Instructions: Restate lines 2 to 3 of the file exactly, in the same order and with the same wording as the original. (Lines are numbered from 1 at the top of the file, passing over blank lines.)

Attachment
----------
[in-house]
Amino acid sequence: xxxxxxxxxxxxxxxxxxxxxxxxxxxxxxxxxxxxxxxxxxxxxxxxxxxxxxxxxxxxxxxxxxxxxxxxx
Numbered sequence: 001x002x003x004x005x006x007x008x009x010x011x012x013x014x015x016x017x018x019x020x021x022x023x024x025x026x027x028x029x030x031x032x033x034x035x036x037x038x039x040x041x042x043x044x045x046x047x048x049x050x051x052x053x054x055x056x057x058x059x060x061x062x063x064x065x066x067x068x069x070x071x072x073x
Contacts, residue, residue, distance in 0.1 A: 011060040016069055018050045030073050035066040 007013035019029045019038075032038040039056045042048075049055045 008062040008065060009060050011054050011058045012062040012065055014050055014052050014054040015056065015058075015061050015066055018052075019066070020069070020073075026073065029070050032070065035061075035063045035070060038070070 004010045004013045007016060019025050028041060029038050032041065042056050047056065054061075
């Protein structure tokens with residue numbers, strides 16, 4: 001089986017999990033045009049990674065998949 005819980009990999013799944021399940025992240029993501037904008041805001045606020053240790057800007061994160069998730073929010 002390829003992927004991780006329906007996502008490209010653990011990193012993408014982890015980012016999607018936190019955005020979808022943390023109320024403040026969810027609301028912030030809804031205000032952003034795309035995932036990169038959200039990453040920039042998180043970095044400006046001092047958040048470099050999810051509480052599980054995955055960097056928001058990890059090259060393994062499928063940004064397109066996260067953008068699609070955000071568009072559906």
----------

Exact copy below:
Amino acid sequence: xxxxxxxxxxxxxxxxxxxxxxxxxxxxxxxxxxxxxxxxxxxxxxxxxxxxxxxxxxxxxxxxxxxxxxxxx
Numbered sequence: 001x002x003x004x005x006x007x008x009x010x011x012x013x014x015x016x017x018x019x020x021x022x023x024x025x026x027x028x029x030x031x032x033x034x035x036x037x038x039x040x041x042x043x044x045x046x047x048x049x050x051x052x053x054x055x056x057x058x059x060x061x062x063x064x065x066x067x068x069x070x071x072x073x